In a seven-page letter sent to Secretary Scalia Apr. 28, Trumka charged that the Department of Labor, OSHA, and the Mine Safety and Health Administration were “missing in action” and “failing to use their authority to enforce existing standards and the job safety laws.”

For example, he noted that OSHA’s Apr. 26 guidelines for the meat and poultry processing industry were entirely voluntary, and that the agency had “suspended the requirement for employers to identify and record work-related COVID-19 infections for most essential workers” unless their employers had objective evidence they had gotten infected on the job. OSHA, he added, was only doing inspections related to complaints about the virus in health-care workplaces—and had not cited any nursing-home employers for violating standards for personal protective equipment or sanitation.

“It sends the message to employers that they are not required to take strong preventive actions to protect workers from COVID-19,” he wrote.

“The Administration’s critics undermine worker safety,” Scalia responded Apr. 30. He wrote that employers were already taking steps to deal with the epidemic, that failure to implement such measures could be penalized as a violation of their general duty to keep workplaces safe, and voluntary guidelines allowed more “flexibility and responsiveness” than rules. Because coronavirus is not “caused by work tasks themselves,” he added, requiring employers to report all infections would “burden employers and overwhelm OSHA” with information about ailments that were “not work-related.”

OSHA’s general-duty standards, the AFL-CIO claimed in its brief to the court, “have proven to be toothless.” They were not designed “specifically to protect against workplace transmission of the novel coronavirus or any airborne infectious disease”; they do not require employers to identify sources of potential exposure to the virus; and they do not require social distancing or that employers provide personal protective equipment and disinfect surfaces.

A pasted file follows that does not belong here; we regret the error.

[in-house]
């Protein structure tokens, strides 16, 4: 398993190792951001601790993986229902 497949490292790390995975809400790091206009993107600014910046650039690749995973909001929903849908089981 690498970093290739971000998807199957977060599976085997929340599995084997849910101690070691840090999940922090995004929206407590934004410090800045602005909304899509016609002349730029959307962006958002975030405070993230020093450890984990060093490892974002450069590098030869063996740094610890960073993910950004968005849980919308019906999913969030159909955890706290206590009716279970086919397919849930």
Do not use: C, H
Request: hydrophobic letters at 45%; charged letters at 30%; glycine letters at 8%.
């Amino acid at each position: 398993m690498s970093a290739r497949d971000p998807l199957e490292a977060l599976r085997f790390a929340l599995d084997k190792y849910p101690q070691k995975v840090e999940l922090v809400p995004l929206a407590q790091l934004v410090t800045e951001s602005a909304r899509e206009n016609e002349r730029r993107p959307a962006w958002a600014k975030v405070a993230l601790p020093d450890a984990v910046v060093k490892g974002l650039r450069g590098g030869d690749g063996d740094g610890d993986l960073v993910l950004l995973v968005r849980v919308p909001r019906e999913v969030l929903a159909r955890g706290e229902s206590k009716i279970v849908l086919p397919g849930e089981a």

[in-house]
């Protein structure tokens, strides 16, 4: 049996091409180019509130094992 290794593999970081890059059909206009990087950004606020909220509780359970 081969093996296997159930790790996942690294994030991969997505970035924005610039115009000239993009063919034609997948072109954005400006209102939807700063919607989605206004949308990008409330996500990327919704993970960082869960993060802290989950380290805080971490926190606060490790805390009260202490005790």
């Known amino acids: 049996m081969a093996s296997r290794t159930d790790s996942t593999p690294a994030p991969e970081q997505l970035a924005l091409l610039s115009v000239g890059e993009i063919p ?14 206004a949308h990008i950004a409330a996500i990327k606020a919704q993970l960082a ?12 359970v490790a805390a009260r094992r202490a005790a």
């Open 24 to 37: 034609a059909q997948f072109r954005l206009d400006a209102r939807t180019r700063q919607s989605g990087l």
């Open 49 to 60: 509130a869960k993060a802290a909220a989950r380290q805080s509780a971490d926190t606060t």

According to OSHA’s database, the federation added, more than 85% of the 181 inspections of health-care workplaces conducted between March 1 and May 13 were initiated only after a worker died, not as a preventive action. 

The Labor Department’s brief countered that the courts have never ordered OSHA to issue emergency standards, that the general-duty standards were strong enough, and that setting specific emergency rules would be “counterproductive to OSHA’s COVID-19 related efforts.”

“Our internal estimates have confirmed 225 of our members have tragically died and over 29,000 have been sick or been exposed,” United Food and Commercial Workers International President Marc Perrone told a House Oversight and Government Reform Committee hearing June 10. “Some responsible employers, like Cargill and Safeway, have done what is right. Others, including Amazon, Walmart, and even union employers like Kroger, have decided to put profits over people. The brutal reality is that far too many companies are failing to protect workers.”